When the project was completed, Moshe emulated God; just as God blessed the world when Creation was complete,(9) so Moshe blessed the Mishkan. The Talmud reports that the blessing of the Mishkan did not end with Moshe; from that time on, through the years in the desert and later, in the stationary Mishkan and even later in the Beit haMikdash, each time a group of kohanim would end their service, they would bless the new group of kohanim about to be entrusted with the holy work:
May He who dwells in this house plant among you brotherhood, love, peace and friendship. (Talmud Yerushalmi Brachot, chapter 1 law 5)
This blessing encapsulates the very essence of the Mishkan/Mikdash. God's dwelling on this earth brings harmony and peace to all those who take part in its spirituality. This can only be so if the entire edifice, from its inception through its realization as a physical construct, is infused with purity, and devoid of selfish motivations.
As the book of Shmot comes to a close, as the Mishkan stands, ready to serve as a dwelling for God among us and as a place where every Jew can reconnect with the spirituality and love experienced at Sinai, Moshe blesses those who took part in the project, and, indirectly, all of us: May all of our actions and intentions be imbued with holiness. May He who dwelt in that holy space, and has been our refuge throughout the generations, sow the seeds of brotherhood, love, peace and friendship among us; these will surely blossom into our final redemption and the rebuilding of God's earthly abode.
Hazak Hazak v'Nithazek.
1. See comments of the Seforno, Shmot 29:45; also see the Seforno's comments on Shmot 25:9.
2. The Midrash Bereishit Rabbah 9:4, teaches that God Himself uttered a similar "prayer" upon completion of the world: R. Hama b. R. Hanina and R. Jonathan explained it is follows. R. Hama b. R. Hanina said: Compare this to a king who built a palace. He saw it and it pleased him. 'O palace, O palace,' exclaimed he, ' may you find favor in my eyes at all times just as you have found favor in my eyes at this moment!' Similarly, the Holy One, blessed be He, regarding His world: 'O My world, O My world! May you find favor in My eyes at all times just as you have found favor before Me at this moment.'
3. Seforno Shmot 38:24.
4. See I Melachim, 5:15-25: "And Hiram king of Tyre sent his servants to Shlomo; for he had heard that they had anointed him king in place of his father; for Hiram had always loved David. And Shlomo sent to Hiram, saying, 'You know that David my father could not build a house to the name of the Almighty his God on account of the wars which were around him on every side, until the Almighty put them under the soles of his feet. But now the Almighty my God has given me rest on every side, so that there is neither adversary nor evil hindrance. And, behold, I intend to build a house to the name of the Almighty my God, as the Almighty spoke to David my father, saying, "Your son, whom I will set upon your throne in your place, he shall build a house to My Name." And therefore command that they cut me cedar trees from Lebanon; and my servants shall be with your servants; and to you will I pay wages to your servants according to what you shall set; for you know that there is not among us any who can skillfully cut timber like the Sidonians.' And it came to pass, when Hiram heard the words of Shlomo, that he rejoiced greatly and said, 'Blessed be God this day, who has given to David a wise son over this great people'. And Hiram sent to Shlomo, saying, 'I have considered the things which you sent to me for; and I will do all you wish concerning the timber of cedar, and concerning the timber of cypress. My servants shall bring them down from Lebanon to the sea; and I will convey them by sea in floats to the place that you shall tell me, and will have them discharged there, and you shall receive them; and you shall meet my wishes by providing food for my household.' And Hiram gave Shlomo cedar trees and cypress trees according to all his wishes. And Shlomo gave Hiram twenty thousand measures of wheat for food for his household, and twenty measures of pure oil; thus gave Shlomo to Hiram year by year." (I Melachim 5:15-25)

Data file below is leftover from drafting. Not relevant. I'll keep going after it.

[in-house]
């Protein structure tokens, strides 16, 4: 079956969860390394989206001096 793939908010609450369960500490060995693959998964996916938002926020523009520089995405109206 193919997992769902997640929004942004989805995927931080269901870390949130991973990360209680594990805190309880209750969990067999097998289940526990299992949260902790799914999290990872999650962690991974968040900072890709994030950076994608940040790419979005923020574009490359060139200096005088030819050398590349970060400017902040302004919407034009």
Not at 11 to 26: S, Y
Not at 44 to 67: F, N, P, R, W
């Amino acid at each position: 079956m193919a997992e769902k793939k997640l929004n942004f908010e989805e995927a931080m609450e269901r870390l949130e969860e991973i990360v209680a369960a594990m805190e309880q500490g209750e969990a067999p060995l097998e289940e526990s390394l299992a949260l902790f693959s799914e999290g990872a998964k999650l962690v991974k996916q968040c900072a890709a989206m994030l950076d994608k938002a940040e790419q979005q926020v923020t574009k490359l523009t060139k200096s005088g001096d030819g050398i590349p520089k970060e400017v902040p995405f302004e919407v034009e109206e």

5. See Seforno, Shmot 38:21.
6. Hamek Davar, Shmot 28:3.
7. In the verse cited above the Netziv mentions that he has mentioned this in his commentary to "Shmot 19:2 and some other places" (see Devarim 17:18). In the commentary to Shmot, The Netziv brings the proof from Rabbi Hiyya.
8. This explanation is offered by the Maharsha in his commentary to the Talmud Bavli Bava Metzia 85b. The Netziv (without citing the Maharsha as his source) applies the principle to a number of biblical verses.
9. See above note 3 Midrash Berishit Rabbah 9:4, and see Sifra Shmini Parsha aleph. Ramban Bamidbar 6:24, Rabbeni Bachya Shmot 39:43 and Kli Yakar Shmot 39:43.